Release provided to Iowa KidsNet
Foster family respite care program seeks volunteers
FOR IMMEDIATE RELEASE
January 15, 2013
WAVERLY, Iowa - A program pioneered by the Wartburg College Social Work department and the Allison Area Foster Parent Association will expand certified respite care to more foster families in Northeast Iowa.
Thanks to successful lobbying by Wartburg students and foster parents during last years Iowa legislative session, the Certified Respite Provider program was included in the states main health and human services bill, resulting in a $25,000 contract with the Department of Human Services to expand the program from Bremer, Butler, Franklin, and Grundy counties to include Howard, Allamakee, Winneshiek, Clayton, Chickasaw and Fayette counties.
"Eventually, we're hoping it will go statewide," said Nancy Magnall of Waverly, resource information specialist with the Iowa Foster and Adoptive Parents Association.
Prior to establishment of this Respite Provider program four years ago, foster parents had to leave their children in another foster home if they wanted to get away for a weekend or a vacation. Now, families in the four counties can request a trained Respite Provider who will come to their home.
Magnall and Dr. Tammy Faux of the Wartburg Social Work department were involved in designing the pilot program, which got up and running in 2010 with a $5,000 grant from AdoptUSKids..
"We think it's really exciting that this program is expanding and were at the epicenter, Faux said. "Although our funding is for one year, were hopeful that the legislature will re-appropriate monies every year for the next five years."
The bill stipulates that the program will utilize college students, an integral factor in the pilot programs success.
"It's not just DHS running a program. It's made possible by Wartburg's willingness to partner in the effort," said Faux.
Wartburg social work students get unique hands-on experience through the Respite Care program. Students complete program assessments and conduct background studies on provider applicants. Social work students also advocate for legislation and partner with the foster parents association to shape foster care policy in Iowa.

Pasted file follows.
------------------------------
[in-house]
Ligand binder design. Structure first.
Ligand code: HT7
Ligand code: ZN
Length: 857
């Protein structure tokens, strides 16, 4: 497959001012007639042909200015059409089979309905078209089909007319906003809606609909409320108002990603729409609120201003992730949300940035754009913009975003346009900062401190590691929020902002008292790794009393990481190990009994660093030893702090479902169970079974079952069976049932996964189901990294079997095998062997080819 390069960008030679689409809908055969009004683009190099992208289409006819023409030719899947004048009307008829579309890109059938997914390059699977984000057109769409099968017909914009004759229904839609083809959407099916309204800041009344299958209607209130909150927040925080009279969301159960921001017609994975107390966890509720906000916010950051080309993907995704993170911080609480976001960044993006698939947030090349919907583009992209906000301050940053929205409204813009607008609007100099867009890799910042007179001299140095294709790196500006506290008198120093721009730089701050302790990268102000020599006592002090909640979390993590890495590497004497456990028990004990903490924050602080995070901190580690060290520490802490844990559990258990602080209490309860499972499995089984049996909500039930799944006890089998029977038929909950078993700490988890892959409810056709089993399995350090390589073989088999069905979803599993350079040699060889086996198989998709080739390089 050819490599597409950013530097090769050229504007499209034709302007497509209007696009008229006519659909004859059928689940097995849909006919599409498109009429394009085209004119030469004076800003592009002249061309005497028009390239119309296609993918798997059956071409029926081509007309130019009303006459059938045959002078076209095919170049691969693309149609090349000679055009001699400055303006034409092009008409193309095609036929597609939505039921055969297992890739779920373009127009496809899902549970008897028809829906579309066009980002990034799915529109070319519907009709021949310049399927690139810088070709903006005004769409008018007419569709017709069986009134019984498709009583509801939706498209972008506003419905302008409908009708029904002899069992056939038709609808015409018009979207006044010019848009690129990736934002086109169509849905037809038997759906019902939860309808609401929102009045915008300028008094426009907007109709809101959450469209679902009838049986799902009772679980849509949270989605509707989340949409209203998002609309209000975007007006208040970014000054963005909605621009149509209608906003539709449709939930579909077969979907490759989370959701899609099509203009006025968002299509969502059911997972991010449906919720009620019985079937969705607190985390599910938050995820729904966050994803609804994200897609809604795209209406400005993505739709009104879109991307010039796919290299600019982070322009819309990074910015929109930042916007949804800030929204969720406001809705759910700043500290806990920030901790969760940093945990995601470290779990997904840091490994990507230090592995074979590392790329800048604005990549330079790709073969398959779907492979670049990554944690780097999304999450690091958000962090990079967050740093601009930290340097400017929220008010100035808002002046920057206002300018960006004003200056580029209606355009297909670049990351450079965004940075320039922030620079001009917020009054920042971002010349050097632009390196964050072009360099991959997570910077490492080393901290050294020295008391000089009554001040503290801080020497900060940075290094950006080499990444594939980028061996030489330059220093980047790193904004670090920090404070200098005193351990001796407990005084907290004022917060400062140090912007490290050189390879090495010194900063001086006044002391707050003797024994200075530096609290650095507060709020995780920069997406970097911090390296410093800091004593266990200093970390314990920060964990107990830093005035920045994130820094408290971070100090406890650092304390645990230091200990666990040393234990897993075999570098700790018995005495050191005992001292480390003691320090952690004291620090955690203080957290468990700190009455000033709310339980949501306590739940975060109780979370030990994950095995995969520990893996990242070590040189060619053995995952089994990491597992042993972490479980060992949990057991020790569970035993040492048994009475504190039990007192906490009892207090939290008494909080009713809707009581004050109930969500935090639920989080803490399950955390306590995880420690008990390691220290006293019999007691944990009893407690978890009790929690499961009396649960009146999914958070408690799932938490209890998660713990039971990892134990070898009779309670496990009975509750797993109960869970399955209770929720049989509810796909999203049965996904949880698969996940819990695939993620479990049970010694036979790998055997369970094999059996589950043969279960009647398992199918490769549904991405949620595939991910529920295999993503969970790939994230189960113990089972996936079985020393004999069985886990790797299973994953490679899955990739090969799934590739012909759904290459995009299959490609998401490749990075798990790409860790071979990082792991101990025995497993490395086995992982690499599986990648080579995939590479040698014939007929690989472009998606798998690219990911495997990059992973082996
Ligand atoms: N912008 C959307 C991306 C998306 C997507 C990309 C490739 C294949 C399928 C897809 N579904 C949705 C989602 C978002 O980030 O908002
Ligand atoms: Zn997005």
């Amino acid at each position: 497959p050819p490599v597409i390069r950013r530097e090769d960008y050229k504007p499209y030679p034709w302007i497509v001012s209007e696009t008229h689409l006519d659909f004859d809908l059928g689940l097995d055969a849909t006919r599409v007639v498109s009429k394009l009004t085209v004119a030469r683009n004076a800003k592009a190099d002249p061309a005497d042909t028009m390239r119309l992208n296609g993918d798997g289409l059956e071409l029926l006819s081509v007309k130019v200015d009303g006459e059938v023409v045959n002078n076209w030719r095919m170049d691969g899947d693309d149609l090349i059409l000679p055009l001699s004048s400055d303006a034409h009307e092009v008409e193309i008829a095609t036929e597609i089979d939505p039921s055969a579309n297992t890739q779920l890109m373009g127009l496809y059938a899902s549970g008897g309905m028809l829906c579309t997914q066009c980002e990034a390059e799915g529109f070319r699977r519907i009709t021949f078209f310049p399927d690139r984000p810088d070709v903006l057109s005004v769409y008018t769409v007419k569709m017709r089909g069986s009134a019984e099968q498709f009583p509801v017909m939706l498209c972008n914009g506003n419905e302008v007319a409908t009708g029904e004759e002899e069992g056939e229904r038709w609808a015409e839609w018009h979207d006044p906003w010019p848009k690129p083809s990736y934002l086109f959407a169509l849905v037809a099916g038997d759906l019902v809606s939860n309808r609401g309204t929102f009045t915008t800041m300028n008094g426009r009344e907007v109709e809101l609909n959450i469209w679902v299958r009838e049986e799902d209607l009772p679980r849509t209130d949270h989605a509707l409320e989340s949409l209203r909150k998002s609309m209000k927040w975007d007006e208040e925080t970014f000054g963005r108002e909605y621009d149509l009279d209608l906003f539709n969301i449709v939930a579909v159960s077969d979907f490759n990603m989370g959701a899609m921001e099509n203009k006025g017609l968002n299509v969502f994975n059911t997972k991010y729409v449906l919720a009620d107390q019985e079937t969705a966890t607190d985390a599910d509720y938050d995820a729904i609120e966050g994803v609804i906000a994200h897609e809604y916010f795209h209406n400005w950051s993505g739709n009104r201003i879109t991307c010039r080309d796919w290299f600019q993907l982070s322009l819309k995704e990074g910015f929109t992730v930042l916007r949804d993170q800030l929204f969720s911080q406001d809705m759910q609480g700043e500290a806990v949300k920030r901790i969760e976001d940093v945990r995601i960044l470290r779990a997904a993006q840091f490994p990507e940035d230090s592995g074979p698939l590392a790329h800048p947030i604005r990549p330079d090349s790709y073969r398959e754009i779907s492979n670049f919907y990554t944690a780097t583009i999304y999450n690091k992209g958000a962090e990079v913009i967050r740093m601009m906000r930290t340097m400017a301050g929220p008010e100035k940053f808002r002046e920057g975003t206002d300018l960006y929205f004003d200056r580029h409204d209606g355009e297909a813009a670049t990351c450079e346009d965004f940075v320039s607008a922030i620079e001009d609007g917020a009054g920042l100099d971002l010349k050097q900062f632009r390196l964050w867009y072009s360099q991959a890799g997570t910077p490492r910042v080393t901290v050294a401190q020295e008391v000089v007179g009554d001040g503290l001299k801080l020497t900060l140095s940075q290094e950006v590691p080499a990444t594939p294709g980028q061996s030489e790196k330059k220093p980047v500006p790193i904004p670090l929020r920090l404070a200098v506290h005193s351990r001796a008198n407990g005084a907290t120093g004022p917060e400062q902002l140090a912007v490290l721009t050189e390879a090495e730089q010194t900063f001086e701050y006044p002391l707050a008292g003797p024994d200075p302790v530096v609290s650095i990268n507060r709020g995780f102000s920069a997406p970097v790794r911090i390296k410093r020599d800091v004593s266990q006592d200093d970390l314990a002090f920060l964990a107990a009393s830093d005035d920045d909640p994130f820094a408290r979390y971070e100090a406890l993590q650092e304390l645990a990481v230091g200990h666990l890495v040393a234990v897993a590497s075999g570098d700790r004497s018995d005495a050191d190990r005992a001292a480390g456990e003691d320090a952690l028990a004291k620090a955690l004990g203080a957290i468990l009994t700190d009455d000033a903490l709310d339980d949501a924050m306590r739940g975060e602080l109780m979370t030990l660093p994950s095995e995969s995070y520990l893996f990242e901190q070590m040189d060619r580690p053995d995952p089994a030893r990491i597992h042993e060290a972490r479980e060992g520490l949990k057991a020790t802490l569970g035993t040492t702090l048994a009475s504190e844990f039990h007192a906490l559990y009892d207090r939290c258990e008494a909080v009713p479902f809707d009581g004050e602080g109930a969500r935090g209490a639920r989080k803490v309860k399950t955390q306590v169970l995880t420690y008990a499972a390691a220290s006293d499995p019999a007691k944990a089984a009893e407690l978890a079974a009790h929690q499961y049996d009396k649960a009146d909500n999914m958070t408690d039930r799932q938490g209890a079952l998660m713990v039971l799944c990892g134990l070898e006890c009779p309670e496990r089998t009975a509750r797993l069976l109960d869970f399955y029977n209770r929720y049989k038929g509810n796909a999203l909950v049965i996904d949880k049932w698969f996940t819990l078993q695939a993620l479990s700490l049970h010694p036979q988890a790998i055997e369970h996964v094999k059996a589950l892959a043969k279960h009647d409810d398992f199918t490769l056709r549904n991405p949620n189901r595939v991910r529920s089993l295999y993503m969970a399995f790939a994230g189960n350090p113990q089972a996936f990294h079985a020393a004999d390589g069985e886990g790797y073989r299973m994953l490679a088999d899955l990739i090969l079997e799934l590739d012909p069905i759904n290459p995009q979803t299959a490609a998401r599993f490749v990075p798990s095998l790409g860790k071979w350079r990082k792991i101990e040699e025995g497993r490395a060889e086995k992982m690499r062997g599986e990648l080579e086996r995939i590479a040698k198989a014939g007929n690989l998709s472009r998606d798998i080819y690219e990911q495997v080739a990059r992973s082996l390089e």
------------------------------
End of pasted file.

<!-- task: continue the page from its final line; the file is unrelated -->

Faux reviews the reports completed by students, and then documents then go to the DHS office in Waterloo and finally to the DHS Central Office in Des Moines for approval.
"These are ways our students can really make an impact in the communityand be prepared for jobs," Faux said. "We get great job placements because our students gain professional writing and interviewing experience through this program."
Student-conducted research for the pilot project indicated that although foster families are allowed to have 24 days of respite care per year, no one had taken more than six days of respite because program rules required parents to move the foster child to another approved home.
"Imagine working in a high-stress, 24-hour-a-day job and never taking any time off," Magnall said.
Under the direction of Magnall and Faux, the Certified Respite Care Provider pilot program developed a DHS-approved program to train volunteers who would care for children in their own foster homes.
"My husband and I love that someone comes into our own home to take care of our foster children," said one mother. "Our children have had so much taken from them. It is comforting and safer for them to be taken care of in the only place they feel is their home."
"During our first two years, we trained 14 Wartburg students, four University of Northern Iowa students, one University of Iowa student, and one Kirkwood Community College student," Magnall said. In addition to college students, six community residents, three former foster parents and six adult children of current foster families completed Respite Provider training.
Faux said she is pleased that Luther College, her alma mater, will join the Certified Respite Providers program this year, giving Luther social work students the same hands-on experiences.
Additional volunteers are needed as the program continues in the four original counties and expands to six additional counties. Providers must must be at least 20 years old, fill out an application, and be able to make a one-year commitment to the program. Two days of mandatory training for the providers will be held at Luther College in Decorah on February 4 and February 23.
Persons interested in the program should contact Magnall at 877-467-4100 or 319-352-3600 or firstname.lastname@example.org.